A non-sector-specific examination can take place in any economic sector if a non-EU national acquires a domestic business or a direct/indirect holding of at least 25% of the voting rights in a domestic business.

For specific target businesses, acquisition of only 10% will trigger the duty to notify the BMWi of the sale contract. For example, if the target business operates “critical infrastructure” (for example, in energy), particular cloud computing services, or media (where they are opinion-forming and have particular news content and overall impact). Equally, businesses providing software supporting critical infrastructure, telecoms (and its surveillance) and telematics may be covered.

Even if no duty to notify arises, the BMWi may call in the case for review within three months of learning about the deal, with a limitation period of five years from concluding the contract. To avoid legal uncertainty, parties can apply for a comfort letter.

If the BMWi examines the case, the transaction remains provisionally valid; only if it is then prohibited does it become ineffective. The test for prohibition is whether public order or security of the Federal Republic of Germany would be endangered by the acquisition.  This requires an actual and sufficiently serious danger to be shown, one which touches a fundamental interest of society.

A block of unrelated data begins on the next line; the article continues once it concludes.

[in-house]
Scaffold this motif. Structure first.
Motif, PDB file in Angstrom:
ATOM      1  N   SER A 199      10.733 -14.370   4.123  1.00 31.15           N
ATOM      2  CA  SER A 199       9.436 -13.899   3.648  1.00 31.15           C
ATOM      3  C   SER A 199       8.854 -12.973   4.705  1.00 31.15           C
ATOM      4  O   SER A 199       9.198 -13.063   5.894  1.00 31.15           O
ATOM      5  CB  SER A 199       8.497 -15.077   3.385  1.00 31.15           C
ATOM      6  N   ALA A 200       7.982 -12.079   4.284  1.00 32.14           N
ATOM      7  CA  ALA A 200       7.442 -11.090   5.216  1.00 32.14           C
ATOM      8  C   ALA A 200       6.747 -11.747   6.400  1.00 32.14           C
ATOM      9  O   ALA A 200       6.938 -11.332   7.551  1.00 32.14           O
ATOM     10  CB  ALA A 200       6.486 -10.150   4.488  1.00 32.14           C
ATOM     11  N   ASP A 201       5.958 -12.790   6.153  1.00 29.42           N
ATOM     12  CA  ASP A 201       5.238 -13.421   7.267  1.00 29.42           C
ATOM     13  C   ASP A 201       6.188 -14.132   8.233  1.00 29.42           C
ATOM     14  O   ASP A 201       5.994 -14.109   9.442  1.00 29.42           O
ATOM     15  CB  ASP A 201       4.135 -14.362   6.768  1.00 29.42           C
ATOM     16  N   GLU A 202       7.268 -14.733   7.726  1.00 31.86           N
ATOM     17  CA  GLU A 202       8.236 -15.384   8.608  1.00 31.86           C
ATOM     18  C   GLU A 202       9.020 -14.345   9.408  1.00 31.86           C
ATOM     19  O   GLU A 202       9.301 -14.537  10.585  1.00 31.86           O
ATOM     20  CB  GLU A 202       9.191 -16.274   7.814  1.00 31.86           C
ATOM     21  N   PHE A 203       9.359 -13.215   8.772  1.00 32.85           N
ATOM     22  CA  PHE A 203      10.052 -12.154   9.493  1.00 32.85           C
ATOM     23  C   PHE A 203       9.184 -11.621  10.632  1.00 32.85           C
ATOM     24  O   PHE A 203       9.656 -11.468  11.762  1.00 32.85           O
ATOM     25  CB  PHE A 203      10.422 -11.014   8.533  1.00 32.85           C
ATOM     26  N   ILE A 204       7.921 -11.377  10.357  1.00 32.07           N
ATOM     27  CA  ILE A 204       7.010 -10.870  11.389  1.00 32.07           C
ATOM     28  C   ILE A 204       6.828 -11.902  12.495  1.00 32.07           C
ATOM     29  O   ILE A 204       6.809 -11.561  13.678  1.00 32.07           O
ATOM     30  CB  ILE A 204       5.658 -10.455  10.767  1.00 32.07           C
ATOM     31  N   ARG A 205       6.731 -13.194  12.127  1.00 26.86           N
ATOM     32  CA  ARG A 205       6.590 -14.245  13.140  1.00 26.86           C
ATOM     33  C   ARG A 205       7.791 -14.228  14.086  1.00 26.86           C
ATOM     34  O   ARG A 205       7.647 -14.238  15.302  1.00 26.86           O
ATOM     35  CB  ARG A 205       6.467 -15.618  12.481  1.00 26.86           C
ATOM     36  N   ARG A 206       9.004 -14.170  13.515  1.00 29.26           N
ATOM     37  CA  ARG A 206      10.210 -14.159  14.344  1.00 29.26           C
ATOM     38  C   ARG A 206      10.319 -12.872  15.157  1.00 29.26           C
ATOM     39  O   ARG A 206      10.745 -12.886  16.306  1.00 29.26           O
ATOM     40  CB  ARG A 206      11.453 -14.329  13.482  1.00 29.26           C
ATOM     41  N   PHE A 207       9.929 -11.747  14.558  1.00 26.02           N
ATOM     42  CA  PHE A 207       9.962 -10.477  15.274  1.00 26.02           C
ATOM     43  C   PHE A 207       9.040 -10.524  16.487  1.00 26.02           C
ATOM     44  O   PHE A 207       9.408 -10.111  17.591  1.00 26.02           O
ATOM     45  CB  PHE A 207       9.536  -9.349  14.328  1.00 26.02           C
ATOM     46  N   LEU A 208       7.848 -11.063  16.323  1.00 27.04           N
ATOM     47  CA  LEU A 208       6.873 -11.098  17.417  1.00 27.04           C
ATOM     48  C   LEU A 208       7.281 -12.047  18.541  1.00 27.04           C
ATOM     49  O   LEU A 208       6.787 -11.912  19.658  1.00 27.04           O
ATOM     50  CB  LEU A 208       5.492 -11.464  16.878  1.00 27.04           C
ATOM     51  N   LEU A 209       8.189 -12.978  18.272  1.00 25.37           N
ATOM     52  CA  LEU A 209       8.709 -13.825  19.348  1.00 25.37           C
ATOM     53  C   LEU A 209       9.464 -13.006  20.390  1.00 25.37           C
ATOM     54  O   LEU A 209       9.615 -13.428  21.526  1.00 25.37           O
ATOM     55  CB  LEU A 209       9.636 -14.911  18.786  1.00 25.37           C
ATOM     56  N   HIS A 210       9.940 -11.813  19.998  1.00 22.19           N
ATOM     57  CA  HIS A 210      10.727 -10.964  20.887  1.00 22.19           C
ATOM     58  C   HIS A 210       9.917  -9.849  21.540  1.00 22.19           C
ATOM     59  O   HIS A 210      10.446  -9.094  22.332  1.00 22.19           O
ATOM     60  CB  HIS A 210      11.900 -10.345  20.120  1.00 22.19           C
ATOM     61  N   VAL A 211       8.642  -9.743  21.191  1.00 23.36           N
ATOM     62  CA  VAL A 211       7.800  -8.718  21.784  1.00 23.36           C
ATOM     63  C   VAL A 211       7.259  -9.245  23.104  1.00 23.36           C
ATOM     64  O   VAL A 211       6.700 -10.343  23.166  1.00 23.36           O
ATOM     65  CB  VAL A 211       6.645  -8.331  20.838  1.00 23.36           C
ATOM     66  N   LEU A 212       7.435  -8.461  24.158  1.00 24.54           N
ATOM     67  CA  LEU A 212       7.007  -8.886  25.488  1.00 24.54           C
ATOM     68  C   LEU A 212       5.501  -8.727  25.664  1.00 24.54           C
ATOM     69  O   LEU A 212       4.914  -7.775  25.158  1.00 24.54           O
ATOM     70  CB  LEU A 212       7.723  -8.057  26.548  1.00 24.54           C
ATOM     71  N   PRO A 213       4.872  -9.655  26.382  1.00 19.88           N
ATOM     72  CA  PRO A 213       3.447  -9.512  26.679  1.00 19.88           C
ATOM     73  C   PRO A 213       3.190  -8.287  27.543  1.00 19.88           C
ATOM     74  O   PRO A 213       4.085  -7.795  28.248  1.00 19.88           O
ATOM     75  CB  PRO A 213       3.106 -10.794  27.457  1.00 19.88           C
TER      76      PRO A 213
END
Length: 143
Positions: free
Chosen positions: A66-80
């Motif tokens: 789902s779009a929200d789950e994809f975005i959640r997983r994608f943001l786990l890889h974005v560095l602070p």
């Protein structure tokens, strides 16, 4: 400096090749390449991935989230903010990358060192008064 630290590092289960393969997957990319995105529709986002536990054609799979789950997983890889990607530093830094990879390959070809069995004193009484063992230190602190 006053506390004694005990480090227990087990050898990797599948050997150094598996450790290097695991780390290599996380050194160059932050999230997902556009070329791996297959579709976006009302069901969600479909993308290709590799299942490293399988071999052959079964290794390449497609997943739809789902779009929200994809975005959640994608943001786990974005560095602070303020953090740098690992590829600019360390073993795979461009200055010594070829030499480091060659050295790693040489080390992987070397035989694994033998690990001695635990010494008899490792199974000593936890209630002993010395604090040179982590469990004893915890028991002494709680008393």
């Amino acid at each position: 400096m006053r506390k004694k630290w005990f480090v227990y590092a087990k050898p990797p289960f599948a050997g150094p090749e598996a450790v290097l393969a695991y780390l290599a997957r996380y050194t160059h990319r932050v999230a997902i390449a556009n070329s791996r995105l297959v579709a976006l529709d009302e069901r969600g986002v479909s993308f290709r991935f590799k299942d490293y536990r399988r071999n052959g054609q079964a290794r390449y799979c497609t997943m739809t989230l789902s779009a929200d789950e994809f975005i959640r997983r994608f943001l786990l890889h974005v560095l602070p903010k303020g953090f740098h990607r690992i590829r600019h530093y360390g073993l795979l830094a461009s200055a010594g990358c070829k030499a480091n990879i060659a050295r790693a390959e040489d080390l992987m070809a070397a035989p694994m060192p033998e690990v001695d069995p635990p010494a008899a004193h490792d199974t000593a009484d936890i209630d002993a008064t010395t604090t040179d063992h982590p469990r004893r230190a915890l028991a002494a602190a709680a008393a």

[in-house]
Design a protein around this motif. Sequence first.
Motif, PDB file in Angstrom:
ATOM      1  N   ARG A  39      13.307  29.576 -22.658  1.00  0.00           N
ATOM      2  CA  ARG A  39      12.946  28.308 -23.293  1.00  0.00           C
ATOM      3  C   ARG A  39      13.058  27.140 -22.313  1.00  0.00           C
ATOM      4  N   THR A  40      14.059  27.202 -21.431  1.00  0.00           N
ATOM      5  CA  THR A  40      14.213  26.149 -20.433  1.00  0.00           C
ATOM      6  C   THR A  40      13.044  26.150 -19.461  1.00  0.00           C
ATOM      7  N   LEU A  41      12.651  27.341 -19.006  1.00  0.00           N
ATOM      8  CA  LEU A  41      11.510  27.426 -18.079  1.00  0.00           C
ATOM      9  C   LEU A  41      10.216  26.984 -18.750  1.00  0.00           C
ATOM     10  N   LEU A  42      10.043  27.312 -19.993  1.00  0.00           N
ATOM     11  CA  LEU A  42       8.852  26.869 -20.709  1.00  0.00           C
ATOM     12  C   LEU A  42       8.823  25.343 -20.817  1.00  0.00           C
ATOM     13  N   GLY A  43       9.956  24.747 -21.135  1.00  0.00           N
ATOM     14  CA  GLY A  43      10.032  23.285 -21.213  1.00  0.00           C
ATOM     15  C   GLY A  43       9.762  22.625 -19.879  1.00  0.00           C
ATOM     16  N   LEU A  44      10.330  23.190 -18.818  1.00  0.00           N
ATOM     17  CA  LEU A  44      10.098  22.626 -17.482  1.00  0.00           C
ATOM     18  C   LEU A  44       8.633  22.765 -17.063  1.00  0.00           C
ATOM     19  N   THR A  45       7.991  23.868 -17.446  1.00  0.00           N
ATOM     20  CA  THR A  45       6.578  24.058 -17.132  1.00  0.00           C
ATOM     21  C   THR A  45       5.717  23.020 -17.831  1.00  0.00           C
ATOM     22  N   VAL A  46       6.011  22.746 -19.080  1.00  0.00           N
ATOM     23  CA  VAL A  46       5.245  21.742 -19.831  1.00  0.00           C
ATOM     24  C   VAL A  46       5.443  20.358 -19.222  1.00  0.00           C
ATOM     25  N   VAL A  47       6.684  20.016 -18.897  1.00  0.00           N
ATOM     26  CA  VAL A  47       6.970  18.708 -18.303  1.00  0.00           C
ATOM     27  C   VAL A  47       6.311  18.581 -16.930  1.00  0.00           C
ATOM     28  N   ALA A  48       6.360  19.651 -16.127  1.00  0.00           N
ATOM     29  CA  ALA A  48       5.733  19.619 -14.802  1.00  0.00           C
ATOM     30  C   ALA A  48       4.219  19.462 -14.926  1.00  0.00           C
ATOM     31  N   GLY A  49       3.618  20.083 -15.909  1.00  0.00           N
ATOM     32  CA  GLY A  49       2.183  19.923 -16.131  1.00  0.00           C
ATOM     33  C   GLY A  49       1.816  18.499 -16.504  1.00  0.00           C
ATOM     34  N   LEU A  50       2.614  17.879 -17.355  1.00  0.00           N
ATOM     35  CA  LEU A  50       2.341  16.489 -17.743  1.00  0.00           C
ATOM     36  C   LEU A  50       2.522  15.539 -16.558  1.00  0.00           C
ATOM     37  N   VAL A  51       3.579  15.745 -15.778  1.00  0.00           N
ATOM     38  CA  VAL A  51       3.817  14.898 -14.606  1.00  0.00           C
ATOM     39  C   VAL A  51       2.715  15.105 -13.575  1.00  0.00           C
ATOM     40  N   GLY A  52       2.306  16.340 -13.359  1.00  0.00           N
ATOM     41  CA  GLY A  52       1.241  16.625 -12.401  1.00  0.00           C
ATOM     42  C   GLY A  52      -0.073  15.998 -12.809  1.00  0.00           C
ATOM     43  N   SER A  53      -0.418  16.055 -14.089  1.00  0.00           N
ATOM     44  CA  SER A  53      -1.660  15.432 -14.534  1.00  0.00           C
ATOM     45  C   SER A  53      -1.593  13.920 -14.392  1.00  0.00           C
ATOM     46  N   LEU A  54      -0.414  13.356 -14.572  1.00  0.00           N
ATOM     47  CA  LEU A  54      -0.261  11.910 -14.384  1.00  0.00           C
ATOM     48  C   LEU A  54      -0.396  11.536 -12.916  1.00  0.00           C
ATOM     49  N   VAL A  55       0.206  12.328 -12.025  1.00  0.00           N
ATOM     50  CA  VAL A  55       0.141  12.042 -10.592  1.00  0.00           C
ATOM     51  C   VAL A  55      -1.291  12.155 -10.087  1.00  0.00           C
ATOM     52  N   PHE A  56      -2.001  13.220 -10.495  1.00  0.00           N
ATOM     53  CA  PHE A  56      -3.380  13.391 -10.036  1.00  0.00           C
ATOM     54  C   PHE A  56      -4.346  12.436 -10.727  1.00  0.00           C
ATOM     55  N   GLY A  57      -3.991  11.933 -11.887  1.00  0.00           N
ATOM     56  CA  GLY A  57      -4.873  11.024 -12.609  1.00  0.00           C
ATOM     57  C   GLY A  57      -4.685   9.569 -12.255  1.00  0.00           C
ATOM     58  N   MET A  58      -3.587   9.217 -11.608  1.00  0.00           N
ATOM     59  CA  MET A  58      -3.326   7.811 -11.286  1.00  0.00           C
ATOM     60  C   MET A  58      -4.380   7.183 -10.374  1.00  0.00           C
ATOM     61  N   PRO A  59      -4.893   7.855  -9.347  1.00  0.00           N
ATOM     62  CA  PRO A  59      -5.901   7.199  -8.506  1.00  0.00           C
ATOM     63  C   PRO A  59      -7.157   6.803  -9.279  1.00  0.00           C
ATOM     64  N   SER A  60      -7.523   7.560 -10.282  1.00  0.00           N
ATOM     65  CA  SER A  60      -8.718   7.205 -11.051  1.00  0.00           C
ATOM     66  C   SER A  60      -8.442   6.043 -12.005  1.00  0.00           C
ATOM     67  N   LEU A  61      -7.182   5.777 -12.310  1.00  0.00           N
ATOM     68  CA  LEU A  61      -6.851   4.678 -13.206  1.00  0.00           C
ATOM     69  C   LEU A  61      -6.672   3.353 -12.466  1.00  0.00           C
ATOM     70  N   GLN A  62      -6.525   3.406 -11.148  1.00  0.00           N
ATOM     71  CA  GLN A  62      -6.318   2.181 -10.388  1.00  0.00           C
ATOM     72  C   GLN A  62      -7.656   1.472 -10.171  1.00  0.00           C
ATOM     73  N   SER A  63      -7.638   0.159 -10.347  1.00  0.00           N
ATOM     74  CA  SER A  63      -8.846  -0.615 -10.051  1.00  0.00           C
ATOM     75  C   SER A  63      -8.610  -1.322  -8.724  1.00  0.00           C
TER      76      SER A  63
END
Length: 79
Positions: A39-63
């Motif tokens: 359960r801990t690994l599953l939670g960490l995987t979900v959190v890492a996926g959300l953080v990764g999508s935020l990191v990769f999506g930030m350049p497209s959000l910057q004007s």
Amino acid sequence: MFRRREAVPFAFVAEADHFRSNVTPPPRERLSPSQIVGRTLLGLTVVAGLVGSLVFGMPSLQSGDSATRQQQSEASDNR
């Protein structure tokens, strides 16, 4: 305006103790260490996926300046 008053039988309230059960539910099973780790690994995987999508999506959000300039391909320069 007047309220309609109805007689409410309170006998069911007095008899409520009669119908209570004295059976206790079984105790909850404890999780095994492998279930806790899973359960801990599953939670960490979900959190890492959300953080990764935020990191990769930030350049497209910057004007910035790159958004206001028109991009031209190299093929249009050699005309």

Principal changes

Through the reform, the non-sector-specific investment control rules will be considerably widened.

Extension of standard of review
It is intended that the amended AWG will adopt the standard of review of the FDI Screening Regulation: in future, the BMWi will consider, for non-sector-specific cases, whether the investment in a domestic business can be expected to impair public security and order in Germany or in another EU Member State, or projects/programmes with a Union interest. Until now, an examination was limited to actual endangerment of public security and limited to Germany.